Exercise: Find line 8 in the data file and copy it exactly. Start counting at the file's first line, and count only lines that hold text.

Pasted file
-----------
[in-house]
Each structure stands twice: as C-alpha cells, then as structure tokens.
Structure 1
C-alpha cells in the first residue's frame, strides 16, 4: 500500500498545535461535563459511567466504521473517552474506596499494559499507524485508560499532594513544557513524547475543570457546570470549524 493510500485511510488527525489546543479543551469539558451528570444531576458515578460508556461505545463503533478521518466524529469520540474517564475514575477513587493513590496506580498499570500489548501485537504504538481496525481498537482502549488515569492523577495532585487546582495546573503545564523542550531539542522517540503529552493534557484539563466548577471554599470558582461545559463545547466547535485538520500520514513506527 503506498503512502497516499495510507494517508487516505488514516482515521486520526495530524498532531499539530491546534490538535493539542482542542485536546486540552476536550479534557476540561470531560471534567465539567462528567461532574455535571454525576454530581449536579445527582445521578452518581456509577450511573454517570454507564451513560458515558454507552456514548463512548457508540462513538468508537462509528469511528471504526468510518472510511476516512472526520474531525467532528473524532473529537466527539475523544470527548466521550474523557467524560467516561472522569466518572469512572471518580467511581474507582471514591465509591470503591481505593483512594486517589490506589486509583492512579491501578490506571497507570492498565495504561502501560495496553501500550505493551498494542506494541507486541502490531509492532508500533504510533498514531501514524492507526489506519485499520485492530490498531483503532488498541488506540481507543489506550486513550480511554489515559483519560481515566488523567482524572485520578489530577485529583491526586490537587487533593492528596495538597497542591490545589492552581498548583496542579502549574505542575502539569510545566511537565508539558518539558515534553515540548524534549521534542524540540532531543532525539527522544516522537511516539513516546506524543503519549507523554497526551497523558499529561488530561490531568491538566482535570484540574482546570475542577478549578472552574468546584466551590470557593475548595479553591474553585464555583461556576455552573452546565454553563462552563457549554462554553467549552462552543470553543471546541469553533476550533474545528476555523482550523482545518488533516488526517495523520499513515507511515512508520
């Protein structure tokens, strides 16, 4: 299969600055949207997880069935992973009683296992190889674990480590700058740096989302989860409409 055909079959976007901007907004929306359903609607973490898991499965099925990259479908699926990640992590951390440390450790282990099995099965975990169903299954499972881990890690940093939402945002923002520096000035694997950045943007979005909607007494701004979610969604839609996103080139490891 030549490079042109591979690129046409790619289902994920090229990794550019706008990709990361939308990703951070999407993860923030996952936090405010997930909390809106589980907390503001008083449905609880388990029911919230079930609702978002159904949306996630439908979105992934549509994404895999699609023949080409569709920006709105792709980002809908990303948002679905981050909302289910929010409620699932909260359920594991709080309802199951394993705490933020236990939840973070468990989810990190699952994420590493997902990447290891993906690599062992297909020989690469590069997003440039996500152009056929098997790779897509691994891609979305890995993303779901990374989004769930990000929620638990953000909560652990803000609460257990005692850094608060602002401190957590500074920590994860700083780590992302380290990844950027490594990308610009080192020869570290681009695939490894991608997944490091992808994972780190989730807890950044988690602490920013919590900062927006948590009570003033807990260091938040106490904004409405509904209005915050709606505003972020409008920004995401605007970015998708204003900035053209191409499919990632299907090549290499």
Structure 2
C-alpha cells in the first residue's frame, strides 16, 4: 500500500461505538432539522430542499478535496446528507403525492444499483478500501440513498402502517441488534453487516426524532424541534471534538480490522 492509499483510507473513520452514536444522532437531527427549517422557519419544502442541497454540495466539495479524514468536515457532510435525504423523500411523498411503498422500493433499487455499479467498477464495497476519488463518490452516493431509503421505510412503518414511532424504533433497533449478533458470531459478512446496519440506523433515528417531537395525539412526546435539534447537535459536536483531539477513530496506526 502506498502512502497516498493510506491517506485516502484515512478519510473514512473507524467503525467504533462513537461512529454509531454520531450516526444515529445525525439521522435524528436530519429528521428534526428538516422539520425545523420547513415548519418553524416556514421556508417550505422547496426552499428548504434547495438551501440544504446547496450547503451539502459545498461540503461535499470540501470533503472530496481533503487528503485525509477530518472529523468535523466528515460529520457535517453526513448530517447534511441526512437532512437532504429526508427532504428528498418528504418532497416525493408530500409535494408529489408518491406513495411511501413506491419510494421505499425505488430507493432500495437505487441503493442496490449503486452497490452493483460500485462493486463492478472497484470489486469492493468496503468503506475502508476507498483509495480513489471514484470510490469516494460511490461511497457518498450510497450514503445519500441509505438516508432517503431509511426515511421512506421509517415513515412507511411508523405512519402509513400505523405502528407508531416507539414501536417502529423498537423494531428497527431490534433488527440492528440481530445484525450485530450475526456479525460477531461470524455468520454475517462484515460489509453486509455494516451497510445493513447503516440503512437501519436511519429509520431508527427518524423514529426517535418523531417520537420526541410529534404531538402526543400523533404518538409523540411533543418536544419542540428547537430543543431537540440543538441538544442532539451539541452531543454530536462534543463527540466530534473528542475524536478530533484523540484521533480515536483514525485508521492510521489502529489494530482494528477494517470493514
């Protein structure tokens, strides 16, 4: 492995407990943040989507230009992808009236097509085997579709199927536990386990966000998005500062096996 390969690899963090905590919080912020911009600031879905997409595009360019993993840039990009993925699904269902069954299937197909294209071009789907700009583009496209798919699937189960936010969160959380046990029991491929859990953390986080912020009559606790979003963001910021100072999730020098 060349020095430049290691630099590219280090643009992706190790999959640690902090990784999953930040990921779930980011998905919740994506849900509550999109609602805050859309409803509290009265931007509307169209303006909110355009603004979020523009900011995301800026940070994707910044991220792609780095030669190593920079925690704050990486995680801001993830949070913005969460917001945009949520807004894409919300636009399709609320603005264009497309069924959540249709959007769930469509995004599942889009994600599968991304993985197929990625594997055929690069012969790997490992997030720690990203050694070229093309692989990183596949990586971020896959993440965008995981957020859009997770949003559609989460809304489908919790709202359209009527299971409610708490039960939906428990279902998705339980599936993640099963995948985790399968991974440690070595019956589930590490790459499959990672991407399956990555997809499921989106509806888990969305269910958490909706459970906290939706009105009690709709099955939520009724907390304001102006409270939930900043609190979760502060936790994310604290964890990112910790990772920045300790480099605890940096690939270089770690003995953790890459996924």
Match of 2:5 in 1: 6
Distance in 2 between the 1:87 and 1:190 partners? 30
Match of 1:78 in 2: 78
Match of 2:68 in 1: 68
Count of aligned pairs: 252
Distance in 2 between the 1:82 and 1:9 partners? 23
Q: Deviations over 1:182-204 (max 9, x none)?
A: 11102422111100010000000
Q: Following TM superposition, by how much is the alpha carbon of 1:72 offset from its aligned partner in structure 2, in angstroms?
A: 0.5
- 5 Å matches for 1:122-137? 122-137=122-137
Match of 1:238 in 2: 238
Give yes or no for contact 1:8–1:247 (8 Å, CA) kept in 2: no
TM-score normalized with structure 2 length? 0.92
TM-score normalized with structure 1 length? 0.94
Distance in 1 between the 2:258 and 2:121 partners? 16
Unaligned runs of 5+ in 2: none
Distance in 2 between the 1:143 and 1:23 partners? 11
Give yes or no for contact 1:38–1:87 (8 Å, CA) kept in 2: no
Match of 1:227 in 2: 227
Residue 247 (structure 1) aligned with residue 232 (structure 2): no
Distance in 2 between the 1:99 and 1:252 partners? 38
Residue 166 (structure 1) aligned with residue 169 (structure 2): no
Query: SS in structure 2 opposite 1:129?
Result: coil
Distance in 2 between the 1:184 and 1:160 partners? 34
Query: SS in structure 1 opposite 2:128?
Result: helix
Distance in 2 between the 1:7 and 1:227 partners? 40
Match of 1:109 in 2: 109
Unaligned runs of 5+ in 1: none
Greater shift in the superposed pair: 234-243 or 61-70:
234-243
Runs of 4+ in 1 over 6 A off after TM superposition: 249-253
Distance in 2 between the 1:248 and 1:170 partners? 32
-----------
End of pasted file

């Protein structure tokens, strides 16, 4: 492995407990943040989507230009992808009236097509085997579709199927536990386990966000998005500062096996 390969690899963090905590919080912020911009600031879905997409595009360019993993840039990009993925699904269902069954299937197909294209071009789907700009583009496209798919699937189960936010969160959380046990029991491929859990953390986080912020009559606790979003963001910021100072999730020098 060349020095430049290691630099590219280090643009992706190790999959640690902090990784999953930040990921779930980011998905919740994506849900509550999109609602805050859309409803509290009265931007509307169209303006909110355009603004979020523009900011995301800026940070994707910044991220792609780095030669190593920079925690704050990486995680801001993830949070913005969460917001945009949520807004894409919300636009399709609320603005264009497309069924959540249709959007769930469509995004599942889009994600599968991304993985197929990625594997055929690069012969790997490992997030720690990203050694070229093309692989990183596949990586971020896959993440965008995981957020859009997770949003559609989460809304489908919790709202359209009527299971409610708490039960939906428990279902998705339980599936993640099963995948985790399968991974440690070595019956589930590490790459499959990672991407399956990555997809499921989106509806888990969305269910958490909706459970906290939706009105009690709709099955939520009724907390304001102006409270939930900043609190979760502060936790994310604290964890990112910790990772920045300790480099605890940096690939270089770690003995953790890459996924």